For many decades, scientists have been trying to decode this disease with no avail. Instead, more questions keep popping up as we learn more about this complex disease and face dead ends in treatment exploration. Two experts in the field join Viewpoints this week to shed some light on modern Alzheimer’s research.
Many people are worried that non-native plants and animals are invading the U.S. and preventing native species from thriving. Each year, a lot of money and time is spent trying to rid the land of these aliens - often to no avail. But, are these species present because they’re the only ones that can exist in that environment?
How often do you skim a headline and feel like that’s all you need to know? Or gather your daily news from a Twitter or Facebook feed? Economist & journalist Tim Harford joins Viewpoints this week to share the impacts of sensationalized or one-sided information and how we can all become more inquisitive consumers of content.
The University of Illinois at Urbana-Champaign has developed a quick and affordable saliva-based test that makes it possible for students, faculty and staff to get checked twice a week for COVID-19. We speak with one of its creators, Dr. Martin Burke about the largescale implementation of this method and the upcoming challenges with flu season quickly …
Being a teenager is tough these days – but being a parent to a teenager can be even be tougher sometimes. Over the last five years, two researchers, who are parents themselves, traveled across the world to observe several different animal species and their socialization out in the wild. The focus? To possibly better understand our own adolescence and …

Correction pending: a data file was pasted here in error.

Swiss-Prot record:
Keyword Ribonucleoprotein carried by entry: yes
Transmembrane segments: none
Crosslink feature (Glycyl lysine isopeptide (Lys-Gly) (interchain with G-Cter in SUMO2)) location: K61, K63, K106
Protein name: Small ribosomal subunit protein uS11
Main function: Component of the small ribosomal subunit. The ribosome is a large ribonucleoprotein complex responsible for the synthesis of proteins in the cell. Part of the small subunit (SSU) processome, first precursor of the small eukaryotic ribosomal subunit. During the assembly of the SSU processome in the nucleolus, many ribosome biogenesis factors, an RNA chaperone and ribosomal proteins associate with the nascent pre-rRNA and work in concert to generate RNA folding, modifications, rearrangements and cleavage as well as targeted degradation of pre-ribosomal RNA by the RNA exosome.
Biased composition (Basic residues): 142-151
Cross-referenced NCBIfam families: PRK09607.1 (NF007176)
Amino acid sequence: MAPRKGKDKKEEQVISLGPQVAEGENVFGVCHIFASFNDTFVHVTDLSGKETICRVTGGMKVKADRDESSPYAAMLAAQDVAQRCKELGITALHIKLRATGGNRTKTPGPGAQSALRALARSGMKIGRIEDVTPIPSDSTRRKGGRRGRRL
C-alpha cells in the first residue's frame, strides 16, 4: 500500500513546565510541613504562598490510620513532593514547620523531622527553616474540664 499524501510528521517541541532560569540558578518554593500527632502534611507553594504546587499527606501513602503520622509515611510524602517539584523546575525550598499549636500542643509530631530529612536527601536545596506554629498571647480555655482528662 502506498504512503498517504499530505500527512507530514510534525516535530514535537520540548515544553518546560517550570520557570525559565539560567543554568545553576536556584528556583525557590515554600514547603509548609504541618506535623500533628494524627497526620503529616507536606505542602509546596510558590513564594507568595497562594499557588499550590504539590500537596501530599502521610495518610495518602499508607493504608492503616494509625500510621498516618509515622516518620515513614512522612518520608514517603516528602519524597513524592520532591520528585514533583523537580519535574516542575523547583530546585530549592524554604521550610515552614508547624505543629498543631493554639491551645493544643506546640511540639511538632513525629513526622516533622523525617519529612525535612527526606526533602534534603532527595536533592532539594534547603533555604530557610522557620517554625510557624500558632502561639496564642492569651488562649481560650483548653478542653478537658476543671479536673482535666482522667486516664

Did you know that dogs can smell up to 100,000 times better than the average person? Most of us are familiar with service or police dogs using their nose to sniff out a particular scent, but researchers have been recently harnessing the power of a dogs nose to find malaria, diabetes and even some of the hardest-to-detect cancers.
Journalist and author Dahr Jamail exposes how climate change is affecting our ecosystems and natural landscape, including the melting and disappearance of massive ice glaciers. We discuss the long-term consequences of global warming and what we can do as a society to reverse the damage.
We’ve all seen how our fiction portrays cybercrime, but what does it really look like? Jonathan Lusthaus, the director of the Human Cybercriminal Project at the University of Oxford, joins the show to talk about the real crimes committed online and what, if anything, we can do to protect ourselves.
We know about the planets within the Milky Way Galaxy, but what about planets outside of our neighborhood? We talk to Dr. Donald Goldsmith about “exoplanets” and where science stands on the issue of life thriving somewhere else in the universe.
The recent shooting in Parkland, Florida has ignited a public debate over gun reform, but what are the real facts about gun violence in America? And, who is actually researching the phenomenon? Researcher Adam Pah says one thing missing from the gun reform debates are the essential data points that should be informing future policy decisions.
We talk to two experts about the need for average citizens to be the eyes and ears of big data collecting projects.
Our guest has studied animal intelligence and discusses how neuroscience and biology are coming up with new definitions of what it means to be an intelligent animal.